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Brain Abscess Clinical Presentation

  • Author: Itzhak Brook, MD, MSc; Chief Editor: Pranatharthi Haran Chandrasekar, MBBS, MD  more...
Updated: Oct 05, 2015


In about two thirds of patients, symptoms are present for 2 weeks or less. The clinical course ranges from indolent to fulminant.

Most symptoms are a result of the size and location of the space-occupying lesion or lesions.

The triad of fever, headache (often severe and on the side of the abscess), and focal neurologic deficit occurs in less than half of patients. The frequency of common symptoms and signs is as follows:[1]

  • Headache - 70%
  • Mental status changes (may indicate cerebral edema) - 65%
  • Focal neurologic deficits - 65%
  • Fever - 50%
  • Seizures - 25-35%
  • Nausea and vomiting - 40%
  • Nuchal rigidity - 25%
  • Papilledema - 25%

A suddenly worsening headache, followed by emerging signs of meningismus, is often associated with rupture of the abscess.



The clinical manifestations of brain abscess are initially nonspecific, which can lead to delay in diagnosis. Brain abscess usually manifests as symptoms of a space-occupying lesion. The symptoms and signs include the following:

  • Low-grade or high-grade fever
  • Persistent headache (often localized)
  • Drowsiness
  • Confusion
  • Stupor
  • General or focal seizures
  • Nausea and vomiting
  • Focal motor or sensory impairments
  • Papilledema
  • Ataxia
  • Hemiparesis
  • Neck stiffness

Localized neurologic signs are eventually found in most patients. The signs and/or symptoms are a direct function of the intracranial location of the abscess, as follows:

  • Cerebellar abscess - Nystagmus, ataxia, vomiting, and dysmetria
  • Brainstem abscess - Facial weakness, headache, fever, vomiting, dysphagia, and hemiparesis
  • Frontal abscess - Headache, inattention, drowsiness, mental status deterioration, motor speech disorder, hemiparesis with unilateral motor signs, and grand mal seizures
  • Temporal lobe abscess - Headache, ipsilateral aphasia (if in the dominant hemisphere), and visual defects
  • Occipital abscess- Neck rigidity

In the initial stages of the infection, an abscess can manifest as a nonspecific form of encephalitis accompanied by signs of increased intracranial pressure.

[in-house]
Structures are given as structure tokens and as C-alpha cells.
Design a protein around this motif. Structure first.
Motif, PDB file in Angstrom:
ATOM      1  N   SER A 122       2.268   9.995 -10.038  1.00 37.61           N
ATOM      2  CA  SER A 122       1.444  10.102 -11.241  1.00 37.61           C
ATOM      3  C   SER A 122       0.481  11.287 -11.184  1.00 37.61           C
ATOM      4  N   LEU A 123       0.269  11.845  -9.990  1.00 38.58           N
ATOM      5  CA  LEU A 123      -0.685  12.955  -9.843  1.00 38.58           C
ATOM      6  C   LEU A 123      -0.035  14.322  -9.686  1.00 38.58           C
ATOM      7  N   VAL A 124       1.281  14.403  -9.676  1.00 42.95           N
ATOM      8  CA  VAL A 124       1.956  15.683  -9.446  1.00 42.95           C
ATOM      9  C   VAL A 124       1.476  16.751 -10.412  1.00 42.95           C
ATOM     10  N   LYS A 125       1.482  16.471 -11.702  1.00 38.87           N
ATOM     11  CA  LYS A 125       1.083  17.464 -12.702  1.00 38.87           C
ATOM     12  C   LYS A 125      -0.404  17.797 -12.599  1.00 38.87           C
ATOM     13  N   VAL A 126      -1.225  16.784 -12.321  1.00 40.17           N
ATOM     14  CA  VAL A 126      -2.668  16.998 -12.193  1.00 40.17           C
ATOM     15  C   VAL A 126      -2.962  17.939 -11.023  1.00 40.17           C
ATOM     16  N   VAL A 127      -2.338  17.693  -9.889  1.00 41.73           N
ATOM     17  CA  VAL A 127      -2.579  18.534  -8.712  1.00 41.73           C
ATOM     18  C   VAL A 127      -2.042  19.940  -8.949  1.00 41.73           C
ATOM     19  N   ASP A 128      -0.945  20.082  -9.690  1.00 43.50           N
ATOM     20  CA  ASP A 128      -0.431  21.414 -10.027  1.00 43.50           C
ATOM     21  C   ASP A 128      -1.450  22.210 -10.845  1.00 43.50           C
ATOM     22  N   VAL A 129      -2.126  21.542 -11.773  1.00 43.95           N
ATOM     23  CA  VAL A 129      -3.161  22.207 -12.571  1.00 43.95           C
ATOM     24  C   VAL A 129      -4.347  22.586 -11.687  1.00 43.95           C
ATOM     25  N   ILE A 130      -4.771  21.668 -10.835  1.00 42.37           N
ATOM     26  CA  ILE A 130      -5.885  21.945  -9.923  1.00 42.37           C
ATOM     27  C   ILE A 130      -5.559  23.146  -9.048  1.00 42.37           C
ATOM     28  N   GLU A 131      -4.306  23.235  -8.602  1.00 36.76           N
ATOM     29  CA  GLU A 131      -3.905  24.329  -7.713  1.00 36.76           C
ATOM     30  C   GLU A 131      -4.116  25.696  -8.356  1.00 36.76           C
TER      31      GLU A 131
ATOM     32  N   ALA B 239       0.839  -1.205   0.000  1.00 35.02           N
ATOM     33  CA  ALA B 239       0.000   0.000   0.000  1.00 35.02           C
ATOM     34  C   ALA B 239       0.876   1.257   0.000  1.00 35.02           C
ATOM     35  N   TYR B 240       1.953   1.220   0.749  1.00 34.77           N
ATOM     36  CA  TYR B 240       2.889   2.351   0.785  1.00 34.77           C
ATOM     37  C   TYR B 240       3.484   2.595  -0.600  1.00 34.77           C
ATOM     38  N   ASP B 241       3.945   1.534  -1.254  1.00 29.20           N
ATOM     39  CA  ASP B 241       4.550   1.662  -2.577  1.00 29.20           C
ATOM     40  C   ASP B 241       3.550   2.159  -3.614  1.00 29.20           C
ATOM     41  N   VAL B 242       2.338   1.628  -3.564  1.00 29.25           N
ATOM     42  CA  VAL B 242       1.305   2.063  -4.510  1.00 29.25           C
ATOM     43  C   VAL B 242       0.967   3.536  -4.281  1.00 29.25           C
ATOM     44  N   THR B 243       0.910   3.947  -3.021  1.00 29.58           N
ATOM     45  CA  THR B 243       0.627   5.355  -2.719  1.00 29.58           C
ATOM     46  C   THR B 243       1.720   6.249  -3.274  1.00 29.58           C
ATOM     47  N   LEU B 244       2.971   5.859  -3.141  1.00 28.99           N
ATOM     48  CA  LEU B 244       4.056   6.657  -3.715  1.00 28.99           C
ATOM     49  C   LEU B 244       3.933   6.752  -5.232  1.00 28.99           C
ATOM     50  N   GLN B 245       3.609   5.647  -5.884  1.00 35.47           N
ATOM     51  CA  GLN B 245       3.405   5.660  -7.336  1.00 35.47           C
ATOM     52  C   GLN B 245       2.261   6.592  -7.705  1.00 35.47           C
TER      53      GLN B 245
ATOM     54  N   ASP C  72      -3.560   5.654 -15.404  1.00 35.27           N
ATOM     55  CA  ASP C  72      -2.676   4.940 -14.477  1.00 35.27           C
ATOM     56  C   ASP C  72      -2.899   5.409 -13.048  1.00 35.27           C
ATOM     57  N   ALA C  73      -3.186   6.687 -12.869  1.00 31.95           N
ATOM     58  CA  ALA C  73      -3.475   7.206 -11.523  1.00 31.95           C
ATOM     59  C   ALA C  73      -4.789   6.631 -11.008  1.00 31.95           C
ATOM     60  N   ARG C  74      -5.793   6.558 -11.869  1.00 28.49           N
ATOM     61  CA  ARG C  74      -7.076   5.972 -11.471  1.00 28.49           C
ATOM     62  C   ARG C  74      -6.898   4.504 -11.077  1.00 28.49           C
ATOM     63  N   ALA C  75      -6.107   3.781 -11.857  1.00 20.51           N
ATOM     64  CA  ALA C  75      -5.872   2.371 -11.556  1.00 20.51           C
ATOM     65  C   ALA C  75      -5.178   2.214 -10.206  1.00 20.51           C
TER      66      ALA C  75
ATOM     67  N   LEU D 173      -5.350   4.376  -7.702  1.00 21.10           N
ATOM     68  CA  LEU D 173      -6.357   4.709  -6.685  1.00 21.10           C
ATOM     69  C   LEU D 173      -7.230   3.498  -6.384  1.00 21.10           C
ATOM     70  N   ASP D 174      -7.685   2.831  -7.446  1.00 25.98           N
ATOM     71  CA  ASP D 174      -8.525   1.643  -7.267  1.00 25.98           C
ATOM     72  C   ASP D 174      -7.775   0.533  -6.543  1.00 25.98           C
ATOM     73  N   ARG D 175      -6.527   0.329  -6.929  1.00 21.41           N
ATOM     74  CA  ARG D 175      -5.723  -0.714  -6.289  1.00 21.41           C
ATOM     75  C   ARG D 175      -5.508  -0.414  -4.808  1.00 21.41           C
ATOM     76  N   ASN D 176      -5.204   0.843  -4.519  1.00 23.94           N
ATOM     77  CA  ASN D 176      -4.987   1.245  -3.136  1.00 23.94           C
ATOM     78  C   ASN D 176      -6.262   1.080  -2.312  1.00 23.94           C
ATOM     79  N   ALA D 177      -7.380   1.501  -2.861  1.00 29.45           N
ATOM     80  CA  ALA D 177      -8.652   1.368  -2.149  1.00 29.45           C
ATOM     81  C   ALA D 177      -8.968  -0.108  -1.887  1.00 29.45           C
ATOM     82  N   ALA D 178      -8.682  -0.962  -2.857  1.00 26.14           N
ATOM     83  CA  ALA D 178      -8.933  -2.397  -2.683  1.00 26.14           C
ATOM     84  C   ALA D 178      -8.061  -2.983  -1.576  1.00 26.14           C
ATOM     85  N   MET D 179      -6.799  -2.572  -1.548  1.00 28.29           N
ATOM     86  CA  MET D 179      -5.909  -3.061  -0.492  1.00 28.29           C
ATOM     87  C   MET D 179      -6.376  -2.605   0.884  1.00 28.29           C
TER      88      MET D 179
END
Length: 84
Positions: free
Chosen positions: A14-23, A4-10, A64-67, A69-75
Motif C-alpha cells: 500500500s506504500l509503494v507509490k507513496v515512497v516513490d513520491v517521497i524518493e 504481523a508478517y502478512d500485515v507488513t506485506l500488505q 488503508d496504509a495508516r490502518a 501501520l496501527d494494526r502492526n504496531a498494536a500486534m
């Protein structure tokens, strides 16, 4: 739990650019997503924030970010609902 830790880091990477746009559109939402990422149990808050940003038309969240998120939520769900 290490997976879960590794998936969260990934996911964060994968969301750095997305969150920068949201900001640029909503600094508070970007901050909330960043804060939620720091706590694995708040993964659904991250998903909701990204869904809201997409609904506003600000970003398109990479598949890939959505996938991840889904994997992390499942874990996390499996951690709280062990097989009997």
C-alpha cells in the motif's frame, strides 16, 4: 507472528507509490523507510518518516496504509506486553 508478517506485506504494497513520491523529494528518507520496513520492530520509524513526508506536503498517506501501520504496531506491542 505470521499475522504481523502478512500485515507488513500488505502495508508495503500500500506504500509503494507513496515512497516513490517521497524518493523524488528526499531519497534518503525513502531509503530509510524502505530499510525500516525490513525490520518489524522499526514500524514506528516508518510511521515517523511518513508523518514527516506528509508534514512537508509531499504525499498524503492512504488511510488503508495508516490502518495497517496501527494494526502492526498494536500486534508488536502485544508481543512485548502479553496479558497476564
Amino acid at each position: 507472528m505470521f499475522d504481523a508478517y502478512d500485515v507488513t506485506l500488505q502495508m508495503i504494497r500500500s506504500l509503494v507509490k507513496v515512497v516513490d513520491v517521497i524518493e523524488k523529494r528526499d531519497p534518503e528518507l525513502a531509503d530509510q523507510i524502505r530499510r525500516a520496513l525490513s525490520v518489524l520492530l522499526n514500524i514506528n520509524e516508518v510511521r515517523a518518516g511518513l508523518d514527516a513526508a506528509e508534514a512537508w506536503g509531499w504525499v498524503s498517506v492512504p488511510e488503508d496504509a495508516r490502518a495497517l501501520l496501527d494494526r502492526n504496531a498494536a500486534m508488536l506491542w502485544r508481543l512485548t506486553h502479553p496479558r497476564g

The headache associated with brain abscess can gradually develop or suddenly emerge and is often localized to the abscess' side. It is often severe and is not relieved by mild pain medications.

Papilledema may develop in older child and adults, and younger infants may exhibit bulging fontanels. This is a late expression of cerebral edema.

A ruptured brain abscess may produce purulent meningitis associated with signs of neurologic damage.

Vomiting commonly develops in association with increased intracranial pressure. Changes in mental status (lethargy progressing to coma) suggest severe cerebral edema.

Specific clinical symptoms are characteristic of some pathogens.



The microbial etiology depends on the patient's age, site of primary infection, and the patient's immune status.[14, 15]

Anaerobic and microaerophilic cocci and gram-negative and gram-positive anaerobic bacilli are the most important isolates. A significant number of brain abscesses are polymicrobic.[14, 15, 16, 17]

Oral flora anaerobes generally originate from infected ears and sinuses and abdominal anaerobes (Bacteroides fragilis group) reach the intracranial cavity through bacteremia.

The predominant organisms include the following:

  • Staphylococcus aureus, including methicillin-resistant [18]
  • Aerobic, anaerobic, and microaerophilic streptococci, including alpha-hemolytic streptococci and Streptococcus anginosus (milleri) group ( Streptococcus anginosus, Streptococcus constellatus, and Streptococcus intermedius)
  • Prevotella and Fusobacterium species and B fragilis
  • Enterobacteriaceae ( Klebsiella pneumoniae, Escherichia coli, and Proteus species)
  • Pseudomonas species
  • Other anaerobes (Veillonella, Eubacterium)

Less common causes include the following:

  • H influenzae
  • Streptococcus pneumoniae
  • Neisseria meningitidis
  • Haemophilus aphrophilus
  • Other Enterobacteriacae (Enterobacter species, Actinobacillus, actinomycetemcomitans, and Salmonella species)
  • Actinobacillus actinomycetemcomitans
  • Actinomyces
  • Nocardia asteroides
  • Mycobacterium species
  • Fungi (eg, Aspergillus, Candida, Cryptococcus, Mucorales, Coccidioides, Histoplasma capsulatum, Blastomyces dermatitidis, Bipolaris, Exophiala dermatitidis, Curvularia pallescense, Ochronosis gallopava, Ramichloridium mackenziei)
  • Protozoa (eg, Toxoplasma gondii, Entamoeba histolytica, Trypanosoma cruzi, Schistosoma, Paragonimus)